Harry Head, my grandfather, was born in 1872 and died in 1952 when I was seven. I hardly remember him, but he was by all accounts a stern and uncompromising man; a gambler who sought the company of the well-to-do. My aunt, Harry’s relative by marriage, could never bring herself to call him anything other than the formal Mr. Head, and he did not dissuade her. He was that kind of man. Grandfather was born in Sussex and left the shores of Britain only once when his eldest son Reginald was gassed during the Great War. He made an unauthorised cross-channel passage to the hospital in Belgium to visit his wounded son in the war zone. He owned a butcher’s shop for much of his life, but following the death of his wife in 1926, he married a hotel barmaid and together they took the Cefn Mably Arms, a country pub on the outskirts of Cardiff. It was there that he died at the age of 80.
But this is the story of another Harry Head, with no connection to me or my grandfather other than a shared name. Harry Head the traveller, was born in 1831 and died in Melbourne at the age of 90. Thus for fifty years the world was blessed with having two somewhat eccentric and single-minded Harry Heads; but they were entirely different men. The other Harry Head was born in Wiltshire in 1831, the son of a bookseller. As a twenty-year-old he had visited the Great Exhibition at Crystal Palace; it gave him the urge to see the world. It would lead to a lifetime of travel during which he made a total of 312 separate voyages and expeditions (an adventurer who kept immaculate notes). He read extensively- he was a good mathematician, a reasonable Greek scholar and could speak at least seven other languages including Gaelic and Hebrew. He was also an accomplished musician, able to play the piano, the banjo and his favourite instrument, the drum. He was a useful landscape artist and was sufficiently knowledgeable on botany to correspond regularly with two contemporary experts. The extraordinary thing is that despite all of these academic and artistic talents, he chose for himself a different way of life, living as a hermit and often dressing as a vagrant. Although he travelled widely, he did not always take the easy road. He lived among the North American Blackfoot Indians for a while and when he arrived in New Zealand, he walked the length of the country on foot. He had an unerring sense of direction, walking incredible distances and able to take a straight line through dense bush. During the course of his nomadic life, Harry had many occupations; he worked as a goldminer, seaman, bushman, scout, inventor, (he broke his arm experimenting with a flying machine) artist, musician, and explorer, and he lectured extensively in Britain and America. Hidden amongst his adventures, is the fact that in Australia in 1860, Harry asked to join the exciting but ultimately ill-fated Burke and Wills expedition to explore the interior but all the places had been allocated. All but one man died during the expedition; had Harry gone, who is to say whether the presence of this incredibly capable and tenacious man might not have brought the expedition to a different conclusion. In New Zealand, Harry was fascinated by the remoteness and geological uniqueness of Banks Peninsula, a giant ‘cogwheel’ volcano of steep hills surrounding a sea-filled crater and littered with isolated bays around the periphery. In 1864 he became the first European to settle in Hickory Bay, known to the Maori people as Waikerakikari. In a small clearing a hundred yards from the beach he erected a tiny weatherboard shanty, roofed with fronds from the punga tree. The bay was bordered on all sides by steep, uncompromising hills covered in dense bush. It was a hard place to get to either by going over the hills or in a boat. Yet the land at the mouth of the valley was flat and fertile and Harry carved out a life for himself, bringing cattle across the densely timbered hills and growing his own fruit and vegetables. He lived as a hermit, often just wearing a sack with holes for his head and arms. When the occasional visitor came, he would often don Indian garb, including a Blackfoot headdress. When riding a horse it was in Indian fashion, using only a single braided rope as a bridle; like the land itself, he was a wild and untamed man. In the finish though, Harry was still restless, he sold his property when another settler arrived at the head of valley- it was becoming too crowded. Before leaving, in a gesture that perhaps only he could come up with, he presented Canterbury Museum with an Armenian prayer book written in twenty-four languages.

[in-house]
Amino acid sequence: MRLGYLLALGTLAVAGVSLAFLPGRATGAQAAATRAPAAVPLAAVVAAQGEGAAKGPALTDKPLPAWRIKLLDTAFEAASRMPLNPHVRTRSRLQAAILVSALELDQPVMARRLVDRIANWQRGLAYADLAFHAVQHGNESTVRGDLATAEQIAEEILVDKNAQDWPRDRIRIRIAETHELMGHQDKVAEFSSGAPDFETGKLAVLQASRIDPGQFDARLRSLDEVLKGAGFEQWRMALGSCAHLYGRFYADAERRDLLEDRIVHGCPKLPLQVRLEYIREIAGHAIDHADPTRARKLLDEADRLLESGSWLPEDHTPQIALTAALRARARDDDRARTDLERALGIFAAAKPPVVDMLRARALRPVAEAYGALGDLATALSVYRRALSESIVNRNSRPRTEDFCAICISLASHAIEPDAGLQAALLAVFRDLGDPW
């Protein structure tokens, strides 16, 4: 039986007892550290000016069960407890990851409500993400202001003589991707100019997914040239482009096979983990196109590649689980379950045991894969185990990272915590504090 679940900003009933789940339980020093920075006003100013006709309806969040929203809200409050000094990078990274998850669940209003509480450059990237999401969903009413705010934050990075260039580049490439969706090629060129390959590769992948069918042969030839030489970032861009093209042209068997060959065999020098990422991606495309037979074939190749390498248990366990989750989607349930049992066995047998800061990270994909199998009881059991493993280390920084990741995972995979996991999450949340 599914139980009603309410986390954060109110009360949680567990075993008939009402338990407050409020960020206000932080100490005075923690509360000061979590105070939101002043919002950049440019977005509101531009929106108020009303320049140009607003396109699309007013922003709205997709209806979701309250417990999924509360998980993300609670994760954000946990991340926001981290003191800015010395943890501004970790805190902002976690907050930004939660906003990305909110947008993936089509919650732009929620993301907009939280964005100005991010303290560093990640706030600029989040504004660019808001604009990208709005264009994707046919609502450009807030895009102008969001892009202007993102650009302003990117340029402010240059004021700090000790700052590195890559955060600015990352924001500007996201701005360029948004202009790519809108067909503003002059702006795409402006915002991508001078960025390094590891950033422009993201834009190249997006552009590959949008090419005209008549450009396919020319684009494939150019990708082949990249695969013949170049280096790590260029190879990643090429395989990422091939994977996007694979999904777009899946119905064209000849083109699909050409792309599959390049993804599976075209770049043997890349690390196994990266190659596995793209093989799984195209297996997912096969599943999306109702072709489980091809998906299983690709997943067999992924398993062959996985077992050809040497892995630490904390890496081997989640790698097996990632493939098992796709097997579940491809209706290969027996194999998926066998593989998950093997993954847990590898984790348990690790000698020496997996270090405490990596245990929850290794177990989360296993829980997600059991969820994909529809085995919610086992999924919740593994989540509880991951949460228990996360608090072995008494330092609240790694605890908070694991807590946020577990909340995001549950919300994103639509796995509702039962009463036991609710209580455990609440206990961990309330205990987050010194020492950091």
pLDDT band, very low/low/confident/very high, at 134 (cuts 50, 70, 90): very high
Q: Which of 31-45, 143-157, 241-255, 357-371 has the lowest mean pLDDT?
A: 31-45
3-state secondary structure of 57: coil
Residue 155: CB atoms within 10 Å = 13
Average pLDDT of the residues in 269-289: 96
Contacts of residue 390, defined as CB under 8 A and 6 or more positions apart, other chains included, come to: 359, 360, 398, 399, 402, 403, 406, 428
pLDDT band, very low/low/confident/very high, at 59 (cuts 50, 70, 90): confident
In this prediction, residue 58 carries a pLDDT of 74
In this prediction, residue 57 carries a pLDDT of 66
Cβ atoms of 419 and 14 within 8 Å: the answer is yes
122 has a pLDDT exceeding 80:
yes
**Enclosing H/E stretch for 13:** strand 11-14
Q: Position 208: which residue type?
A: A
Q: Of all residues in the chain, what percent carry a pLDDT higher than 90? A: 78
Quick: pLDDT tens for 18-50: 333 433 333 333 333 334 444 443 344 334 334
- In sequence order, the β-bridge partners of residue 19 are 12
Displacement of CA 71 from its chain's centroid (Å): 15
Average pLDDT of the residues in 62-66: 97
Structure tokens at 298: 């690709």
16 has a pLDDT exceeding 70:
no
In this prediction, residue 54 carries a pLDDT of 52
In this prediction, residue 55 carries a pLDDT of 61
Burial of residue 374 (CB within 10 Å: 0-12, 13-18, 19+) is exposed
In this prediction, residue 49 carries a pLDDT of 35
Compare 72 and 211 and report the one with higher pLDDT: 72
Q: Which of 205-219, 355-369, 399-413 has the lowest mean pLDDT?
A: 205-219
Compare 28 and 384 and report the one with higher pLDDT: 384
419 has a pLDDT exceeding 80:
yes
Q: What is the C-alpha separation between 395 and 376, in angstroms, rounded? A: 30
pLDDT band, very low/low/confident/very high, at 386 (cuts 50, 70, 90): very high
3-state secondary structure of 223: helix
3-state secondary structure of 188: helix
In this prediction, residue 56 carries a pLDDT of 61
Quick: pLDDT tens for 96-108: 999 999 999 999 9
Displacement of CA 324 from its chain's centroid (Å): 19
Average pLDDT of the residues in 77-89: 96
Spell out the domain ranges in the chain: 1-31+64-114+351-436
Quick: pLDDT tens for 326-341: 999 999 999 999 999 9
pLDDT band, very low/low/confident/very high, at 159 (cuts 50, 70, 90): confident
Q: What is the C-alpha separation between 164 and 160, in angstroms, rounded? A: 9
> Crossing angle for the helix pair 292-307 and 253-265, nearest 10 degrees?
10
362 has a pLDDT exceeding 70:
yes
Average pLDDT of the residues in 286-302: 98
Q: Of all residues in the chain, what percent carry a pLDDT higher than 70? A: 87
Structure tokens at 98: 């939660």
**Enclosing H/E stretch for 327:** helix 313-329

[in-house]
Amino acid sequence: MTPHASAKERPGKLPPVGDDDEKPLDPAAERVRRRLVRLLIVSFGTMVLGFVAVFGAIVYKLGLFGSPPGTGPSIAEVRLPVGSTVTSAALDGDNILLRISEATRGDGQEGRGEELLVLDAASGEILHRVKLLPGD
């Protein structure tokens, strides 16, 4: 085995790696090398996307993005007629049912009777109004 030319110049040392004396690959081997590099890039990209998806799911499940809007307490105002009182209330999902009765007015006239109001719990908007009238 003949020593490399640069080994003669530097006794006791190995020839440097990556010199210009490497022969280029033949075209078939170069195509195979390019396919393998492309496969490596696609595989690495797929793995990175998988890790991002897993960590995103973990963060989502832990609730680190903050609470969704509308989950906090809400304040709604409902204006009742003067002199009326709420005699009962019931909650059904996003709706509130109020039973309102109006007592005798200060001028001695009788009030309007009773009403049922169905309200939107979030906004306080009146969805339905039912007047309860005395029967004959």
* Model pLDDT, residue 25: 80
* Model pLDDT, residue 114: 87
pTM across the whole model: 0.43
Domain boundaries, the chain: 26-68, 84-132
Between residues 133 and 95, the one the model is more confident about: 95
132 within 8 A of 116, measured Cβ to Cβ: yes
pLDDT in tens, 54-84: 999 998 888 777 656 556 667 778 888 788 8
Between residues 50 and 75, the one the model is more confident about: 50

I visited Hickory Bay to see for myself where Harry had lived. If it was remote and isolated then, it is, by modern standards, much the same now. The only road is a steep and narrow gravel snake winding down from the summits. There are a number of more accessible bays around this fractured coastline, but only Hickory Bay has no signpost. Much of the dense woodland has gone, the timber harvested by later settlers, but the flatlands above the beach are still farmed and stock grazed peacefully. There is no outward sign of Harry’s occupation; his shanty brushed aside when a timber mill was set up in the clearing. But it is an astonishingly beautiful place, an empty sandy beach cradled between steep, rock cliffs, generating lively surf even on calm days. In unsettled weather it would be impossible to land a boat. On the edge of the beach a small, tent-like structure made from driftwood poles provides rudimentary shelter from the hot sun; it is not unlike Harry’s shanty might have been. Rusting tram wheels lay among the beach boulders, left from the timber mill built after Harry’s departure, but that too has long since disappeared.
Walking on the beach, I left a line of footprints in the sand and across the small stream running into the sea. It was hard indeed not to see Harry standing there, shading his eyes from the sun, his wild straggly beard moving with the wind, his unbent frame casting an eccentric shadow.